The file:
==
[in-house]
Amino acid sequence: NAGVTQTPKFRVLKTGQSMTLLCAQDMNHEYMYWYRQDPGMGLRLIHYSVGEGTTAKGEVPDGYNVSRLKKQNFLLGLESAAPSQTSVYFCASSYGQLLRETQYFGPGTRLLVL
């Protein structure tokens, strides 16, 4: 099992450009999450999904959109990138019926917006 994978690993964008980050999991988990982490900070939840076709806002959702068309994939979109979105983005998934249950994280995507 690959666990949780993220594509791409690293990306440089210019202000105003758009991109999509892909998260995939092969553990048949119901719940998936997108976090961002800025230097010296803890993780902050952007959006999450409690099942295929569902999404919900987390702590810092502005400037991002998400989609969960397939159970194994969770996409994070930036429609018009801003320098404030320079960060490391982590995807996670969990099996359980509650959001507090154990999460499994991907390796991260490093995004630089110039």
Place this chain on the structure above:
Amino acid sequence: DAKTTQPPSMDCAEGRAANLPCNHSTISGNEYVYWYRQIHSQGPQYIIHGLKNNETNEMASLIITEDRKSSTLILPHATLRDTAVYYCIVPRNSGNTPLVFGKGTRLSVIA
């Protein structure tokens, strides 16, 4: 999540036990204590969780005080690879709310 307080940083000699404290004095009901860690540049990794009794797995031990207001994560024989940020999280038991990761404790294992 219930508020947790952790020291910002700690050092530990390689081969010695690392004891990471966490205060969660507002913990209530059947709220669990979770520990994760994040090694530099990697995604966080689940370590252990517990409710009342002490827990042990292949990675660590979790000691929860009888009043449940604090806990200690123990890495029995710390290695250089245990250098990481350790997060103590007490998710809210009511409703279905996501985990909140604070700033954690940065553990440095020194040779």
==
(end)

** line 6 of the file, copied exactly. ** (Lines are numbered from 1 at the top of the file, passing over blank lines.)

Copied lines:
């Protein structure tokens, strides 16, 4: 999540036990204590969780005080690879709310 307080940083000699404290004095009901860690540049990794009794797995031990207001994560024989940020999280038991990761404790294992 219930508020947790952790020291910002700690050092530990390689081969010695690392004891990471966490205060969660507002913990209530059947709220669990979770520990994760994040090694530099990697995604966080689940370590252990517990409710009342002490827990042990292949990675660590979790000691929860009888009043449940604090806990200690123990890495029995710390290695250089245990250098990481350790997060103590007490998710809210009511409703279905996501985990909140604070700033954690940065553990440095020194040779």